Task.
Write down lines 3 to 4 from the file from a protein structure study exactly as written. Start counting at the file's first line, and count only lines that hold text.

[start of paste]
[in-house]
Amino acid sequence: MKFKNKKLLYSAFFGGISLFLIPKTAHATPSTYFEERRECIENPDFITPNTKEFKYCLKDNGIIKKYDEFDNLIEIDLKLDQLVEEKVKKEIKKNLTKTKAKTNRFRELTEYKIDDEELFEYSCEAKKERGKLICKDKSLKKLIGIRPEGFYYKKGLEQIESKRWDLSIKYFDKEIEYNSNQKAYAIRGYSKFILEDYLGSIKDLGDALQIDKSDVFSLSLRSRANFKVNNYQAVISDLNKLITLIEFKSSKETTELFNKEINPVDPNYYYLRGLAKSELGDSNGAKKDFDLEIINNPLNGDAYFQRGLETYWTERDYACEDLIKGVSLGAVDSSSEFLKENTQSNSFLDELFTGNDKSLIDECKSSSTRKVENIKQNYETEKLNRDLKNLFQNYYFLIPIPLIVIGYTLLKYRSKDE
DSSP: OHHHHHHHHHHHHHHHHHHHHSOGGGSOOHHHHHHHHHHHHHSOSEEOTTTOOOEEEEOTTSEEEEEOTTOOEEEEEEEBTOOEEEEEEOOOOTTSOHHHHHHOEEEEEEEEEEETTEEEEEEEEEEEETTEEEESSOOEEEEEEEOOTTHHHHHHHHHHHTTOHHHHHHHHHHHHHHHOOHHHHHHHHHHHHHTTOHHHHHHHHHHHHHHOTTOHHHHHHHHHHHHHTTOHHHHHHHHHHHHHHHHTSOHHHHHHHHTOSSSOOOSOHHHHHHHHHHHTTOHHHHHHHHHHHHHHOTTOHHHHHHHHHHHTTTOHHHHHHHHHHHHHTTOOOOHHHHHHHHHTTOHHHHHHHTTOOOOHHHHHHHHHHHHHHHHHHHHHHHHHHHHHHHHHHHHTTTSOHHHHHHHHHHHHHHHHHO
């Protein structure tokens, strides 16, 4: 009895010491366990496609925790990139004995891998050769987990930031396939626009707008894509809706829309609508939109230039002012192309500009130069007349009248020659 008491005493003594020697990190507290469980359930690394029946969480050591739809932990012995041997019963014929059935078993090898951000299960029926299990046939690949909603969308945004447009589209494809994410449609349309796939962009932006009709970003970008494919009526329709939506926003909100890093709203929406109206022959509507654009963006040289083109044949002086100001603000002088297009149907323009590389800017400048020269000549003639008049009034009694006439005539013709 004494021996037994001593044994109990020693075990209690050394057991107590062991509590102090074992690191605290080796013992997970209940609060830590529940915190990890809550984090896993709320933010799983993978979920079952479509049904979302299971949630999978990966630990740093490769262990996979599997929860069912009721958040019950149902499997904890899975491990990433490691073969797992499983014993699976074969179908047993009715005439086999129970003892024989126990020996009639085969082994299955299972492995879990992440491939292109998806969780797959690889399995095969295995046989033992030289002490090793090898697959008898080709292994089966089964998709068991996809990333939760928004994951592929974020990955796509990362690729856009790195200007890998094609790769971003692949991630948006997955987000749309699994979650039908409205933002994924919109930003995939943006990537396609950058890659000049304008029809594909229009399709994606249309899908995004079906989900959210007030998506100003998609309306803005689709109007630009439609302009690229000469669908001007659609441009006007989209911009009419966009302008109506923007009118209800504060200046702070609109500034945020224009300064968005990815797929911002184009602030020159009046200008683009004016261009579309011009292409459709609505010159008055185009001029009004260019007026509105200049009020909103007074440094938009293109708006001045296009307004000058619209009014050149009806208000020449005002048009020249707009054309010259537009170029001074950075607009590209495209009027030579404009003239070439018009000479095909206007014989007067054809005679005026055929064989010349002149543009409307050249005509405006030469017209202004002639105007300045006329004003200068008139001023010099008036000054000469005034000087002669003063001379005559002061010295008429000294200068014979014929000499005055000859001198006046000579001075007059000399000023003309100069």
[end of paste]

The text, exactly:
DSSP: OHHHHHHHHHHHHHHHHHHHHSOGGGSOOHHHHHHHHHHHHHSOSEEOTTTOOOEEEEOTTSEEEEEOTTOOEEEEEEEBTOOEEEEEEOOOOTTSOHHHHHHOEEEEEEEEEEETTEEEEEEEEEEEETTEEEESSOOEEEEEEEOOTTHHHHHHHHHHHTTOHHHHHHHHHHHHHHHOOHHHHHHHHHHHHHTTOHHHHHHHHHHHHHHOTTOHHHHHHHHHHHHHTTOHHHHHHHHHHHHHHHHTSOHHHHHHHHTOSSSOOOSOHHHHHHHHHHHTTOHHHHHHHHHHHHHHOTTOHHHHHHHHHHHTTTOHHHHHHHHHHHHHTTOOOOHHHHHHHHHTTOHHHHHHHTTOOOOHHHHHHHHHHHHHHHHHHHHHHHHHHHHHHHHHHHHTTTSOHHHHHHHHHHHHHHHHHO
């Protein structure tokens, strides 16, 4: 009895010491366990496609925790990139004995891998050769987990930031396939626009707008894509809706829309609508939109230039002012192309500009130069007349009248020659 008491005493003594020697990190507290469980359930690394029946969480050591739809932990012995041997019963014929059935078993090898951000299960029926299990046939690949909603969308945004447009589209494809994410449609349309796939962009932006009709970003970008494919009526329709939506926003909100890093709203929406109206022959509507654009963006040289083109044949002086100001603000002088297009149907323009590389800017400048020269000549003639008049009034009694006439005539013709 004494021996037994001593044994109990020693075990209690050394057991107590062991509590102090074992690191605290080796013992997970209940609060830590529940915190990890809550984090896993709320933010799983993978979920079952479509049904979302299971949630999978990966630990740093490769262990996979599997929860069912009721958040019950149902499997904890899975491990990433490691073969797992499983014993699976074969179908047993009715005439086999129970003892024989126990020996009639085969082994299955299972492995879990992440491939292109998806969780797959690889399995095969295995046989033992030289002490090793090898697959008898080709292994089966089964998709068991996809990333939760928004994951592929974020990955796509990362690729856009790195200007890998094609790769971003692949991630948006997955987000749309699994979650039908409205933002994924919109930003995939943006990537396609950058890659000049304008029809594909229009399709994606249309899908995004079906989900959210007030998506100003998609309306803005689709109007630009439609302009690229000469669908001007659609441009006007989209911009009419966009302008109506923007009118209800504060200046702070609109500034945020224009300064968005990815797929911002184009602030020159009046200008683009004016261009579309011009292409459709609505010159008055185009001029009004260019007026509105200049009020909103007074440094938009293109708006001045296009307004000058619209009014050149009806208000020449005002048009020249707009054309010259537009170029001074950075607009590209495209009027030579404009003239070439018009000479095909206007014989007067054809005679005026055929064989010349002149543009409307050249005509405006030469017209202004002639105007300045006329004003200068008139001023010099008036000054000469005034000087002669003063001379005559002061010295008429000294200068014979014929000499005055000859001198006046000579001075007059000399000023003309100069």